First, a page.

This bad habit is increasing your risk for tendinitis and other running injuries—and it has nothing to do with your form
Despite how hard you train or how many goals you smash, bad runs happen. And one slow day isn't going to hurt, but how you react to it could. In a new study in the British Journal of Sports Medicine, Swedish researchers followed elite athletes as they trained over the course of a year and found that a whopping 71 percent of them suffered from injuries. Not surprising, considering the crazy and intense training schedules athletes have to adhere to. But the researchers didn't find any connection between injury rate and schedule severity. Instead, they found that the athletes who blamed themselves for the off day were the most likely to get hurt. (Yikes! Watch out for these 5 Beginner Running Injuries (and How to Avoid Each) too.)
How? Say you're feeling slow and sore during your run and you aren't keeping your pace goals. Then you start to feel a twinge in your knee. There are two ways you can respond: You can either beat yourself up for being so sluggish and push through the pain no matter how your body feels, or chalk it up to an off day and ease up so you don't do serious damage to your knee.
"Self-blame causes the athlete to push on when they should have chosen to allow the body rest," says lead study author Toomas Timpka, M.D., Ph.D. Proof they should've eased up? Almost all of the injuries Timpka's team found were due to overuse like tendinitis or stress fractures.
But is blame always a bad thing? It depends on the situation, says Timpka. Maybe you're struggling through your marathon miles because you didn't stick to your training plan. In that case, taking the blame can serve as a motivator going forward. (Find out more in The Power of Negative Thinking: 5 Reasons Why Positivity Gets It Wrong.) But when blaming yourself becomes your default way to deal, it topples into dangerous territory.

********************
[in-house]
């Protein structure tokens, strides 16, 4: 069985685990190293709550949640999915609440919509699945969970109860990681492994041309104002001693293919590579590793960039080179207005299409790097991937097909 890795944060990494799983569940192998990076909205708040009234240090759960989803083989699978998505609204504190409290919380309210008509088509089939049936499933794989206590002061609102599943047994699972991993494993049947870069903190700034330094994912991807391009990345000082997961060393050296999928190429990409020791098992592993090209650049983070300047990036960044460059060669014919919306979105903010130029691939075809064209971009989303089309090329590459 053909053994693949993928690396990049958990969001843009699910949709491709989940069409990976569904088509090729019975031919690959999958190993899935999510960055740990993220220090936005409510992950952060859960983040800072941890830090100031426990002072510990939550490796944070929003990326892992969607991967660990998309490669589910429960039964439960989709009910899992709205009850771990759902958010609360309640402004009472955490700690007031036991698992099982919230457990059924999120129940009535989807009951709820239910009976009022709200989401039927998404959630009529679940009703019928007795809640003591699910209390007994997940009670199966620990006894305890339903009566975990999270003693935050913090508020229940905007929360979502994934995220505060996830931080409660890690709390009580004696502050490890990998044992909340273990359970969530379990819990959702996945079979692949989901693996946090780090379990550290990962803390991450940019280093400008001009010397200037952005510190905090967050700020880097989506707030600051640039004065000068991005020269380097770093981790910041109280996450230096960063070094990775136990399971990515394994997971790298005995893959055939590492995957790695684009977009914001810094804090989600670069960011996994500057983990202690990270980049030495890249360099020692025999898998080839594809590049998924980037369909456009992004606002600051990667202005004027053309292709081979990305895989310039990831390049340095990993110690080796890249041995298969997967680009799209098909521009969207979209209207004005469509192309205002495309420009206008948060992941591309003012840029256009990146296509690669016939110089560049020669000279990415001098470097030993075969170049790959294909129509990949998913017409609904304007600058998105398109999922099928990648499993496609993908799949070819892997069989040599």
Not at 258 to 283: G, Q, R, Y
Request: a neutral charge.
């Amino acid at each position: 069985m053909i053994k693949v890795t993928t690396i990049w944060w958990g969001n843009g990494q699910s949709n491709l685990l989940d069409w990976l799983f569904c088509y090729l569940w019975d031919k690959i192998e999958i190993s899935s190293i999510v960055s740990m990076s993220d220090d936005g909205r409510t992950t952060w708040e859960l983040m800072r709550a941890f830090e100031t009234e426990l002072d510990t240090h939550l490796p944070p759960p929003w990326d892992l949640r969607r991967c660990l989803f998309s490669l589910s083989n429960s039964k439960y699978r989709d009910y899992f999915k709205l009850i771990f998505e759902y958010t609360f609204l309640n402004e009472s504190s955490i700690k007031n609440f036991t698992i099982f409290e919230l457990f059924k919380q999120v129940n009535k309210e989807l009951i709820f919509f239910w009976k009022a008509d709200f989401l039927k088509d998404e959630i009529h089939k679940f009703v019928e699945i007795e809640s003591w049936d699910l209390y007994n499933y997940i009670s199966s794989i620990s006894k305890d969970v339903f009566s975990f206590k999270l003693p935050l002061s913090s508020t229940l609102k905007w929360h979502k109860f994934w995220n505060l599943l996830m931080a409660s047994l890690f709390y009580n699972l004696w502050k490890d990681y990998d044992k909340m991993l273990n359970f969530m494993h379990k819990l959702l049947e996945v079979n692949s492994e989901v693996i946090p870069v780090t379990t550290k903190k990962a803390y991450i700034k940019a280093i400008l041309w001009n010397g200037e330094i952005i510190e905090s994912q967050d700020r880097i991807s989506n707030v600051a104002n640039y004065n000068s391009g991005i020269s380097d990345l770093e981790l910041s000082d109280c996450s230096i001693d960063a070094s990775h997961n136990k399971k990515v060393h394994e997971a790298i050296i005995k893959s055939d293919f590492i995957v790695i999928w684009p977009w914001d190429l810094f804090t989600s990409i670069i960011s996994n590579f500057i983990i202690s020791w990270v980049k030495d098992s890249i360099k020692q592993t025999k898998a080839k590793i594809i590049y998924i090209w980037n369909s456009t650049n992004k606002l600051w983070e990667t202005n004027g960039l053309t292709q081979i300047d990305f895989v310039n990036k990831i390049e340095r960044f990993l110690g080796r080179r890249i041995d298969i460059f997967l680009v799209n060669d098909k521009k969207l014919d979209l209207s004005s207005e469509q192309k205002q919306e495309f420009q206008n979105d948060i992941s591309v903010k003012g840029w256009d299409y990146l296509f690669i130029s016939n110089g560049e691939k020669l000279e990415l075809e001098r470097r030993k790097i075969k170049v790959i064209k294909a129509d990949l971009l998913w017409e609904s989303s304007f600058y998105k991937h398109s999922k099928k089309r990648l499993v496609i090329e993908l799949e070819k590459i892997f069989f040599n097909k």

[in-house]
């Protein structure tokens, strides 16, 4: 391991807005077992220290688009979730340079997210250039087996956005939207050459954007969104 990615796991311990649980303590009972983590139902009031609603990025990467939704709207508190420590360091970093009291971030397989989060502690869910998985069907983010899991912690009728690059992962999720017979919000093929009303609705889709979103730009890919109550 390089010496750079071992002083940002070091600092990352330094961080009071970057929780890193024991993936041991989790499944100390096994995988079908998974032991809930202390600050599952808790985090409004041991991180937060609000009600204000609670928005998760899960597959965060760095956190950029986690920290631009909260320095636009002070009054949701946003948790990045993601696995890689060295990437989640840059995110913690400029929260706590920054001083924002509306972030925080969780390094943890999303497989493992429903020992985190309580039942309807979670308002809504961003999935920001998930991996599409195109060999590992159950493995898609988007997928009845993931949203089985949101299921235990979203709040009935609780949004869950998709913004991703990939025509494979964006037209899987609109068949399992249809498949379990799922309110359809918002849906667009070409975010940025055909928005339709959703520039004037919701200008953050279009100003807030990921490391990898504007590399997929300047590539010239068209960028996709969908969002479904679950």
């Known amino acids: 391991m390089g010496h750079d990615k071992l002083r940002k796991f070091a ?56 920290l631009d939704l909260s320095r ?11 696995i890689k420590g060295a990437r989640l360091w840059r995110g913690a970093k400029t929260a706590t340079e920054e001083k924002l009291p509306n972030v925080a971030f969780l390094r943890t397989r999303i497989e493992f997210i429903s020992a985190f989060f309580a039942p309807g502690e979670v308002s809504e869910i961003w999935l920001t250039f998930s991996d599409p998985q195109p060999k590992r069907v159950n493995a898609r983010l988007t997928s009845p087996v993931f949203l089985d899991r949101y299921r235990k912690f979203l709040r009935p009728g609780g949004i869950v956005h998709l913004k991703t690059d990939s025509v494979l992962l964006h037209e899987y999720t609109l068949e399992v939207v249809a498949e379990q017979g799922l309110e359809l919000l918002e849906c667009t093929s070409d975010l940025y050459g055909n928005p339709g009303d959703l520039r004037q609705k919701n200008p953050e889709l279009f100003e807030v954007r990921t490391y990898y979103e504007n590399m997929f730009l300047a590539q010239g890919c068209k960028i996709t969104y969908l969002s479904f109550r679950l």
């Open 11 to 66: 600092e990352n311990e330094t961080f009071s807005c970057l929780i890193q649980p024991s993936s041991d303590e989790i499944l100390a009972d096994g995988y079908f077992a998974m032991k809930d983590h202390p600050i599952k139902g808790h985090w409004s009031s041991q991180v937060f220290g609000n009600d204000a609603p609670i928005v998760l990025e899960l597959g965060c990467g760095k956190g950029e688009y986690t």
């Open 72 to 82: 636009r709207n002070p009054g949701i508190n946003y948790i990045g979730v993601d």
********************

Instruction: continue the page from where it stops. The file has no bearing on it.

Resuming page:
How do you deal with off days then? According to Jonathan Fader, Ph.D., a sports psychologist who works with elite athletes, it's all about restructuring the way you think. Rather than repeating to yourself how much you suck, come up with a new mantra, like "I'm giving mile 18 everything I've got!" It's not about pretending you're the best, it's about positively acknowledging the work you are doing.
"Human minds have a very sophisticated bullshit meter," says Fader. "Your self statement has to be based on something that's actually true." If you're especially hard on yourself and can't come up with a single thing you've done right, here's a universal truth: You want nothing more than to get this run over with and you're going to give it your all to make that happen right now, in this moment. (Also, try these Pinterest-Worthy Workout Mantras to Power Every Part of Your Life.)
Be kind to yourself and your body will thank you.